I pulled up to the ranger station at Camden Hills State Park with the usual site-anxiety that grips me upon entering each new campground. Would our site be spacious? Would there be room for the boys to play and scream? Or would we be staring at a 50 foot RV’s sewage lines all week and yelling at our boys to get out of our neighbors dirty fire ring? It may seem greedy for me to always expect a really big site–but when your kids wake up at 5 am each morning with 1000 AMP energy you don’t want to be 10 feet away from your (temporarily) sleeping neighbors.
We don’t want a huge site because we don’t like other campers. We want a huge site because we really do like other campers and we want them to like us. Waking strangers up at 5 am is no way to make new friends–if you don’t believe me try it sometime.
After I filled out the registration forms the ranger pointed to a huge field to the right of the station and said, “your site is all the way at the end of that field.” “Field,” I thought. I don’t want to camp on no stinkin’ field! When I reserved the site in March the ranger told me that we were at the edge of the woods. I assumed that this meant that we were in the woods and the field was right past that. Here we go again–another stinky site reserved months ago after extensive research.
I grumpily drove through the woods and pulled onto the single lane of sites on the field at the edge of the woods. Our camping buddies had already arrived and set up their Jayco pop-up and their kids where playing on the grass. Then I started to lighten up a bit.
It was just one single row of sites. No campers in front of us. No campers right behind us. We had the site at the end of the row. So no campers to the right of us either. Our camping buddies had the site to our left. Then I really started to lighten up. Our campsite was huge! This was no pie slice of a site, this was a genuine piece of central Maine real estate. I could have built a home on this site and started a new life. These sites were about three times the size of a site at a private campground. The photo below is of just the two sites that we occupied with our friends and the field in front of us!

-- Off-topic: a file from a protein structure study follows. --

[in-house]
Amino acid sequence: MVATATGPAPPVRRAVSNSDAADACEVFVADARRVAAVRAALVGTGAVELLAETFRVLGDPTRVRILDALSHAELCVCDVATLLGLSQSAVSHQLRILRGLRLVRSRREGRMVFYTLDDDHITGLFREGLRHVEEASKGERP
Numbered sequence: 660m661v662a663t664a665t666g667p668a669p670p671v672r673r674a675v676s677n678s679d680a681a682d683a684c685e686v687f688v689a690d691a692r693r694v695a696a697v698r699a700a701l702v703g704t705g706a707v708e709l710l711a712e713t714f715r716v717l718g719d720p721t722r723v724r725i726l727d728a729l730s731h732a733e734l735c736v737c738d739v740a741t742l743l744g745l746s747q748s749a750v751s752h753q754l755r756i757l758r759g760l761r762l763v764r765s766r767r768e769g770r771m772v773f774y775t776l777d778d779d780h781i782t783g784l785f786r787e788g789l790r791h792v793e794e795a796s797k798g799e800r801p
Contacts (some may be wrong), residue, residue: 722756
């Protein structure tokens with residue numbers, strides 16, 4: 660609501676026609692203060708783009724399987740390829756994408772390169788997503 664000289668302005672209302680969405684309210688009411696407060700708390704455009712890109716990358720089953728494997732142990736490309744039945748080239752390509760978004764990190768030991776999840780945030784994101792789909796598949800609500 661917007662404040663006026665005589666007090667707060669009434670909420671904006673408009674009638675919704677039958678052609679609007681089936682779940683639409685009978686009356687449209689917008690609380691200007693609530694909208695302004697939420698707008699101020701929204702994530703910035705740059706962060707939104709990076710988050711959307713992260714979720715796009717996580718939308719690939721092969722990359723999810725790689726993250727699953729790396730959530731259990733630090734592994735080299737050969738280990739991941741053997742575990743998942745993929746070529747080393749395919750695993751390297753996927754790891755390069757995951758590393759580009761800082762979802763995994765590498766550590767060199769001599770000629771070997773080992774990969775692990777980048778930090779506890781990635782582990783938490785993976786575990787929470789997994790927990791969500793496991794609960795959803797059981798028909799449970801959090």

As I raised the roof up and extended the bed-ends on our pop-up I could only hear shrieks of laughter and pure joy. My first impression was dead wrong. This place was heaven. The sun was very intense in the mornings–so we did leave early for each mornings activity to avoid the heat. We returned from each activity at about noon to feed the boys lunch and give them a nap. When they woke up from nap time each day our site was shaded and cool and the filed was warm and bright. Perfecto!
Oh, and did I mention the panoramic view at the top of the park from Mount Battie? It’s just a short hike or an even shorter drive from your campsite to one of the most famous spots in Maine. It’s not as cool as the magic drainage ditch, but you can jump and dance up there too, and you won’t wake up any of the other campers if you do.